The adaptation of fiction into films is one of the earliest interventionist modes of analysing cinema and bringing the cinematic medium at par with the written word. Cinema needed ‘respectable’ literary moorings to step out of the shadows. James Naremore in his seminal work on film adaptation describes how the capitalist movie industry imbibed bourgeois methods of respectability by reproducing facsimilies of more respectable art like literature. This method of thinking, where the cinematic text shared a secondary relationship to the literary one, was reconsidered by the writers and filmmakers behind Cahiers du Cinema and the French New Wave. They recuperated cinema and its unique ability of adaptation by rejecting ‘respectable authors’ and adapting lesser known fiction into films. In his 1948 essay ‘Adaptation or the Cinema as Digest’, André Bazin describes how film, like any other representational form, sets out its narrative composition through the invention of character and situation. However, film differs in how it works with literary texts.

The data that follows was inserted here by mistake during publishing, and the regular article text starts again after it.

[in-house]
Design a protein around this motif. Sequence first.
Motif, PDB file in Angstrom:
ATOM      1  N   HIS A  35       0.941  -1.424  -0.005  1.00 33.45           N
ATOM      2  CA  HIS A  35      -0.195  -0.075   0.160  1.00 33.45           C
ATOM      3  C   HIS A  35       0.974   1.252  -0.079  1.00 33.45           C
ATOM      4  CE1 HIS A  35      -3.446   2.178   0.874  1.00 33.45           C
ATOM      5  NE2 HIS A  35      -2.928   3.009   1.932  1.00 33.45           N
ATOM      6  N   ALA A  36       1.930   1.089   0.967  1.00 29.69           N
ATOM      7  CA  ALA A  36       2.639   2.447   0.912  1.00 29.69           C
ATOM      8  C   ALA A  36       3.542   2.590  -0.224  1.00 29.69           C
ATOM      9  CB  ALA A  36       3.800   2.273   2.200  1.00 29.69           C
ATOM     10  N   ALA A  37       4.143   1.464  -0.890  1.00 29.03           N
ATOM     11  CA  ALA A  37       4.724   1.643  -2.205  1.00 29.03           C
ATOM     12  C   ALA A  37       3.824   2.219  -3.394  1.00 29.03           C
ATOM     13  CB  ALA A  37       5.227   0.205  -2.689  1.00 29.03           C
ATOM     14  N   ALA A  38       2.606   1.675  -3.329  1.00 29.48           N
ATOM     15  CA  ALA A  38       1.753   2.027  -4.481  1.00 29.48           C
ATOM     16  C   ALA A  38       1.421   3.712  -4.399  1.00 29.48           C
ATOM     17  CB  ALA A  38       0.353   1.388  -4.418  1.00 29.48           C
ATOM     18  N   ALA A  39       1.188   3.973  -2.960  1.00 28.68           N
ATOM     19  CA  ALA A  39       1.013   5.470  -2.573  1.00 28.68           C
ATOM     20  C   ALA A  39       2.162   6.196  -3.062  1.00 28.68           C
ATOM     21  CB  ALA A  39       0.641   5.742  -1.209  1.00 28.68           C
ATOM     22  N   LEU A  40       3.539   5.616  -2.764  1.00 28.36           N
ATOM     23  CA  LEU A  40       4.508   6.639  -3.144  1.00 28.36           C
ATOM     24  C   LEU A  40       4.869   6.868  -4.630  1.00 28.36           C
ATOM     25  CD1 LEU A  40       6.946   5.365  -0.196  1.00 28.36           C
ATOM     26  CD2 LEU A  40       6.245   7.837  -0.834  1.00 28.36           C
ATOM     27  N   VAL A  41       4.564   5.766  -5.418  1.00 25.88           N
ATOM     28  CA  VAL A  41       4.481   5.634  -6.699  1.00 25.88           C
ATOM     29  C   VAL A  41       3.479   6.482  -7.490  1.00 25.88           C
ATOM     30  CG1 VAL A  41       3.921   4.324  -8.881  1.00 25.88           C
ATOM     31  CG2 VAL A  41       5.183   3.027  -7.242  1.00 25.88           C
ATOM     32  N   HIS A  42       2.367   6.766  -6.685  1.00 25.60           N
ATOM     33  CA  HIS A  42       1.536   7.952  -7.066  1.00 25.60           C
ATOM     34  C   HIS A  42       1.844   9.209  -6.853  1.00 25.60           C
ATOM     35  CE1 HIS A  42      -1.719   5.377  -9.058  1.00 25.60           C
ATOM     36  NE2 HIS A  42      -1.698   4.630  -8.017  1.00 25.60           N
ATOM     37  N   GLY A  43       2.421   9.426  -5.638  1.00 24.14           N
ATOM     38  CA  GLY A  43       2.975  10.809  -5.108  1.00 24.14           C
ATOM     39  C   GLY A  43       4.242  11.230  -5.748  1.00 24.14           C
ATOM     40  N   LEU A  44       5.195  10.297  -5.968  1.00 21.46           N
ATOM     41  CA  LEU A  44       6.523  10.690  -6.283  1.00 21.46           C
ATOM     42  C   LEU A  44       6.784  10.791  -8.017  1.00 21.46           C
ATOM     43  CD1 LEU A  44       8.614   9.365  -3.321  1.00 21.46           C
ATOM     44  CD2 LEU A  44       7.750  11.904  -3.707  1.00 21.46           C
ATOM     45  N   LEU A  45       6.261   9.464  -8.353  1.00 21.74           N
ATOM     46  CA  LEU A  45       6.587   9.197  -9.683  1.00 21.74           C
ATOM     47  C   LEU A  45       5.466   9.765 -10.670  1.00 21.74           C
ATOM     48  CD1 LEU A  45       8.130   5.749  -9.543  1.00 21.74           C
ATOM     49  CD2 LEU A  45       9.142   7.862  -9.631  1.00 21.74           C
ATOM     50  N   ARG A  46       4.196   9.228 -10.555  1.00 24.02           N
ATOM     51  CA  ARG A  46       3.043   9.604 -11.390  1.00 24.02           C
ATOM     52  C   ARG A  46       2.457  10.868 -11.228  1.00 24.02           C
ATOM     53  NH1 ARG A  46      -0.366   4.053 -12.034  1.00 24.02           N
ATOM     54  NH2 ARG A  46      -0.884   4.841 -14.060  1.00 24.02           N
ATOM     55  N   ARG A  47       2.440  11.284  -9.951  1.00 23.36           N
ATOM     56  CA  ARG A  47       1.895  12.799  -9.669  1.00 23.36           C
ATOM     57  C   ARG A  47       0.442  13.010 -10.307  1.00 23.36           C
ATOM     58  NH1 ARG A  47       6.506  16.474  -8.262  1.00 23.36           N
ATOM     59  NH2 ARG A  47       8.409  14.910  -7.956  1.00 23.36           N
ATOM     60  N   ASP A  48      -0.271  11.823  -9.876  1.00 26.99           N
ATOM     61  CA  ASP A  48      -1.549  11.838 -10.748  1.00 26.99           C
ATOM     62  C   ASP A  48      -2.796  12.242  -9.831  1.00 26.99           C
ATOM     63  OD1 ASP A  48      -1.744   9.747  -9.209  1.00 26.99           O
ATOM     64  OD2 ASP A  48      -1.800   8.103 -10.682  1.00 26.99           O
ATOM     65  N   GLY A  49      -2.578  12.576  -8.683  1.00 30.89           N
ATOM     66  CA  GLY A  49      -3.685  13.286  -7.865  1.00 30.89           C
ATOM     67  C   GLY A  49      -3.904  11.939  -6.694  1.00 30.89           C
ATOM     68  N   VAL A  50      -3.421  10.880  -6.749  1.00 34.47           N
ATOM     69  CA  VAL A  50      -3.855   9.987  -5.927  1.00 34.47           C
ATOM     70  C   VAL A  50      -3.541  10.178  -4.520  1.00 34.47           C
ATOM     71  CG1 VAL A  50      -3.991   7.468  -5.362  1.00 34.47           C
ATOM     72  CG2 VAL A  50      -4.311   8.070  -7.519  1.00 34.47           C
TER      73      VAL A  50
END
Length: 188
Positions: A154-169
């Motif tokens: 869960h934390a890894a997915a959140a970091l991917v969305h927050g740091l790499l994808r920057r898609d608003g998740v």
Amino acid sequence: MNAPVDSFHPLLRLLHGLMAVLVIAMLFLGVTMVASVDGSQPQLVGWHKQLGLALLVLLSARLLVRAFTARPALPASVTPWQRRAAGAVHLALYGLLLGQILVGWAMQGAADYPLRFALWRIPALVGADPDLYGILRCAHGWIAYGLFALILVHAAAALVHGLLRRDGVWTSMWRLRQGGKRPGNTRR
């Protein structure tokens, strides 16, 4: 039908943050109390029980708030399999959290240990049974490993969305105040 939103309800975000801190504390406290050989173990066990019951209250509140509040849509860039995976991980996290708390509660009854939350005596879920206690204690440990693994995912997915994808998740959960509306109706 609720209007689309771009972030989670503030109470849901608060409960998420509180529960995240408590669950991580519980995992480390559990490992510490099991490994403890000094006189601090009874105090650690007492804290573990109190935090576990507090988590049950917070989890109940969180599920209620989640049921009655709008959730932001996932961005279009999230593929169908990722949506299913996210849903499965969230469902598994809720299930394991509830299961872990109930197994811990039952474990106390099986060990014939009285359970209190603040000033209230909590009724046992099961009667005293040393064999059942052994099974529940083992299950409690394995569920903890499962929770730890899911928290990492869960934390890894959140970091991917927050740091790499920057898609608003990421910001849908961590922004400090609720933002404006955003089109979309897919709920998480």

Bazin explains it through an analogy where a film compresses a literary narrative and puts it on display like objects/artefacts in a museum with its own narrative scheme. The film director also became an auteur, displacing the literary author, and an integral subject of academic and literary deliberation. In today’s visually-saturated realms of the Baudrillardian hyperreal, the filmic adaptation has superseded the literary one as it imbricates the latter into a new kind of intertextuality.